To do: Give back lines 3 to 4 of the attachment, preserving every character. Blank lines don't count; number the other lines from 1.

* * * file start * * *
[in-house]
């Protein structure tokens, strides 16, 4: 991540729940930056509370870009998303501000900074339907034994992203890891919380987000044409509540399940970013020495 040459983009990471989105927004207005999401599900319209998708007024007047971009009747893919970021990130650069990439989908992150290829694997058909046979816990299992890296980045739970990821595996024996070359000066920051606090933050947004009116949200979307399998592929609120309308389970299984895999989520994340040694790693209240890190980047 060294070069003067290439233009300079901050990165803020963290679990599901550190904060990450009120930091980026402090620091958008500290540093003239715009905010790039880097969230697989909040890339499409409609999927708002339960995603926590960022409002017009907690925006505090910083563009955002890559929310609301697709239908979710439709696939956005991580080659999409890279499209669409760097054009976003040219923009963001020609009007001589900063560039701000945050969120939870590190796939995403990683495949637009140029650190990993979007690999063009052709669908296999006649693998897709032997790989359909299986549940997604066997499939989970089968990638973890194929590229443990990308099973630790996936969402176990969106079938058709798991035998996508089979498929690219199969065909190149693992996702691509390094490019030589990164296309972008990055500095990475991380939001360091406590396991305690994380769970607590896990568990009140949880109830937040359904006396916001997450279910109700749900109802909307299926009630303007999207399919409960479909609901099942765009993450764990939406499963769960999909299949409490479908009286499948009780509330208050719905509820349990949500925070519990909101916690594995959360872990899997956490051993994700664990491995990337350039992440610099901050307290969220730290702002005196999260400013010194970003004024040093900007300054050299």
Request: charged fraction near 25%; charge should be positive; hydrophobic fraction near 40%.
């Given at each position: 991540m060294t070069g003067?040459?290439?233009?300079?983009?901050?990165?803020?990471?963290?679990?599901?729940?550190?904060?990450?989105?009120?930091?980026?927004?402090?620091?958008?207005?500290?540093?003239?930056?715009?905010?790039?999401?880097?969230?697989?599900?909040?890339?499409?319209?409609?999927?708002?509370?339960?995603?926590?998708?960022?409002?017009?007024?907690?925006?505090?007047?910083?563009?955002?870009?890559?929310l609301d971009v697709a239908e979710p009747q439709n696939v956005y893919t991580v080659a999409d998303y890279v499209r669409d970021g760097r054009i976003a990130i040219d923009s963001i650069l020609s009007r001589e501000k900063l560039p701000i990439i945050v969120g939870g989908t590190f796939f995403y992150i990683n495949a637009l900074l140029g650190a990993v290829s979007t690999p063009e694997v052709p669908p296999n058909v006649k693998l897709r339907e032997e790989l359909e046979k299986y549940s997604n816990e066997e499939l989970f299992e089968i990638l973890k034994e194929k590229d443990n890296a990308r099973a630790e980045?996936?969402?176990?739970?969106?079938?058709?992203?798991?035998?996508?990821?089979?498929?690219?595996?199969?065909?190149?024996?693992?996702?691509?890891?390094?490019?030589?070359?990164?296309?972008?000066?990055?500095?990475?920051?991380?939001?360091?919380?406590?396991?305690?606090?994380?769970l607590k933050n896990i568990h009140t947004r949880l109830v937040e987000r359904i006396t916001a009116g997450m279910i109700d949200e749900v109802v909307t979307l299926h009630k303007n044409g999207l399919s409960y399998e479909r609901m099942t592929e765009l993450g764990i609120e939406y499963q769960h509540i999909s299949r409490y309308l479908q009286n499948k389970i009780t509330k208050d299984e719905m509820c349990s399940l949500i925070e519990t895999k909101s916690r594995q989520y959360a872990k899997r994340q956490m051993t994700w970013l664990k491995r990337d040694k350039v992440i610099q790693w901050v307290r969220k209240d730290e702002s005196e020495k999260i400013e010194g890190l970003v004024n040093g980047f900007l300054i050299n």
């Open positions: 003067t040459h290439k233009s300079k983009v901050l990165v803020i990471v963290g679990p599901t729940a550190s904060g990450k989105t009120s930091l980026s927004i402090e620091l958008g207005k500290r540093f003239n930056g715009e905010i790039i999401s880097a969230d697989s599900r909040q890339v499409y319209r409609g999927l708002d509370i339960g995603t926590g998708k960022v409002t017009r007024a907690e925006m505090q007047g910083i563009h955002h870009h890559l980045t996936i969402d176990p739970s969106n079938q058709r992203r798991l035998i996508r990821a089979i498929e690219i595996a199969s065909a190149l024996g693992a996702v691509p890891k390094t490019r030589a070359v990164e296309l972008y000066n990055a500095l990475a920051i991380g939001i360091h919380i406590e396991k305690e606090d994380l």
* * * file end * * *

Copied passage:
Request: charged fraction near 25%; charge should be positive; hydrophobic fraction near 40%.
């Given at each position: 991540m060294t070069g003067?040459?290439?233009?300079?983009?901050?990165?803020?990471?963290?679990?599901?729940?550190?904060?990450?989105?009120?930091?980026?927004?402090?620091?958008?207005?500290?540093?003239?930056?715009?905010?790039?999401?880097?969230?697989?599900?909040?890339?499409?319209?409609?999927?708002?509370?339960?995603?926590?998708?960022?409002?017009?007024?907690?925006?505090?007047?910083?563009?955002?870009?890559?929310l609301d971009v697709a239908e979710p009747q439709n696939v956005y893919t991580v080659a999409d998303y890279v499209r669409d970021g760097r054009i976003a990130i040219d923009s963001i650069l020609s009007r001589e501000k900063l560039p701000i990439i945050v969120g939870g989908t590190f796939f995403y992150i990683n495949a637009l900074l140029g650190a990993v290829s979007t690999p063009e694997v052709p669908p296999n058909v006649k693998l897709r339907e032997e790989l359909e046979k299986y549940s997604n816990e066997e499939l989970f299992e089968i990638l973890k034994e194929k590229d443990n890296a990308r099973a630790e980045?996936?969402?176990?739970?969106?079938?058709?992203?798991?035998?996508?990821?089979?498929?690219?595996?199969?065909?190149?024996?693992?996702?691509?890891?390094?490019?030589?070359?990164?296309?972008?000066?990055?500095?990475?920051?991380?939001?360091?919380?406590?396991?305690?606090?994380?769970l607590k933050n896990i568990h009140t947004r949880l109830v937040e987000r359904i006396t916001a009116g997450m279910i109700d949200e749900v109802v909307t979307l299926h009630k303007n044409g999207l399919s409960y399998e479909r609901m099942t592929e765009l993450g764990i609120e939406y499963q769960h509540i999909s299949r409490y309308l479908q009286n499948k389970i009780t509330k208050d299984e719905m509820c349990s399940l949500i925070e519990t895999k909101s916690r594995q989520y959360a872990k899997r994340q956490m051993t994700w970013l664990k491995r990337d040694k350039v992440i610099q790693w901050v307290r969220k209240d730290e702002s005196e020495k999260i400013e010194g890190l970003v004024n040093g980047f900007l300054i050299n």